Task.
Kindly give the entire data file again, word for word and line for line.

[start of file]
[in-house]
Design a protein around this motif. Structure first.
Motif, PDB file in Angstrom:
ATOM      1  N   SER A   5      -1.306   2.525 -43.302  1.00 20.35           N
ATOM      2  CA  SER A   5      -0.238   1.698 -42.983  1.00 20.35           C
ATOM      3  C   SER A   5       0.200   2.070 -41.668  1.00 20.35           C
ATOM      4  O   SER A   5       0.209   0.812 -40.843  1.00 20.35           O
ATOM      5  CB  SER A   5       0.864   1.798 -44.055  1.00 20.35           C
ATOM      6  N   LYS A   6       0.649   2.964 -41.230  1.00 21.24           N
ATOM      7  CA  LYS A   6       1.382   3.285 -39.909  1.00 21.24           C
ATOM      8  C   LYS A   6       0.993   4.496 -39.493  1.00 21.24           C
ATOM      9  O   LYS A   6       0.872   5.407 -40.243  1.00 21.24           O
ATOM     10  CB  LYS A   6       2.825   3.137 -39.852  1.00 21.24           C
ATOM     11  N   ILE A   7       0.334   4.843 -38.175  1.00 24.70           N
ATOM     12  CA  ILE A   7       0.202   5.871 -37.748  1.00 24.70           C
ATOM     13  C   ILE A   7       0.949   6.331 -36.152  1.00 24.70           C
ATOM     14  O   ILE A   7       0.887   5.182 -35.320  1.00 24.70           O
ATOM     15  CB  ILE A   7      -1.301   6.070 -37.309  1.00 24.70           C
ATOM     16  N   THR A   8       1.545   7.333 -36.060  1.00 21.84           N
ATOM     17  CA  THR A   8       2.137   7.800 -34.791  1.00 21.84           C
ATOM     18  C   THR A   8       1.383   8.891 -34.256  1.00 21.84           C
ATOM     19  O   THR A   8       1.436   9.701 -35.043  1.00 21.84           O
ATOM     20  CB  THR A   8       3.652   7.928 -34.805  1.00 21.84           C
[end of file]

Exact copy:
[in-house]
Design a protein around this motif. Structure first.
Motif, PDB file in Angstrom:
ATOM      1  N   SER A   5      -1.306   2.525 -43.302  1.00 20.35           N
ATOM      2  CA  SER A   5      -0.238   1.698 -42.983  1.00 20.35           C
ATOM      3  C   SER A   5       0.200   2.070 -41.668  1.00 20.35           C
ATOM      4  O   SER A   5       0.209   0.812 -40.843  1.00 20.35           O
ATOM      5  CB  SER A   5       0.864   1.798 -44.055  1.00 20.35           C
ATOM      6  N   LYS A   6       0.649   2.964 -41.230  1.00 21.24           N
ATOM      7  CA  LYS A   6       1.382   3.285 -39.909  1.00 21.24           C
ATOM      8  C   LYS A   6       0.993   4.496 -39.493  1.00 21.24           C
ATOM      9  O   LYS A   6       0.872   5.407 -40.243  1.00 21.24           O
ATOM     10  CB  LYS A   6       2.825   3.137 -39.852  1.00 21.24           C
ATOM     11  N   ILE A   7       0.334   4.843 -38.175  1.00 24.70           N
ATOM     12  CA  ILE A   7       0.202   5.871 -37.748  1.00 24.70           C
ATOM     13  C   ILE A   7       0.949   6.331 -36.152  1.00 24.70           C
ATOM     14  O   ILE A   7       0.887   5.182 -35.320  1.00 24.70           O
ATOM     15  CB  ILE A   7      -1.301   6.070 -37.309  1.00 24.70           C
ATOM     16  N   THR A   8       1.545   7.333 -36.060  1.00 21.84           N
ATOM     17  CA  THR A   8       2.137   7.800 -34.791  1.00 21.84           C
ATOM     18  C   THR A   8       1.383   8.891 -34.256  1.00 21.84           C
ATOM     19  O   THR A   8       1.436   9.701 -35.043  1.00 21.84           O
ATOM     20  CB  THR A   8       3.652   7.928 -34.805  1.00 21.84           C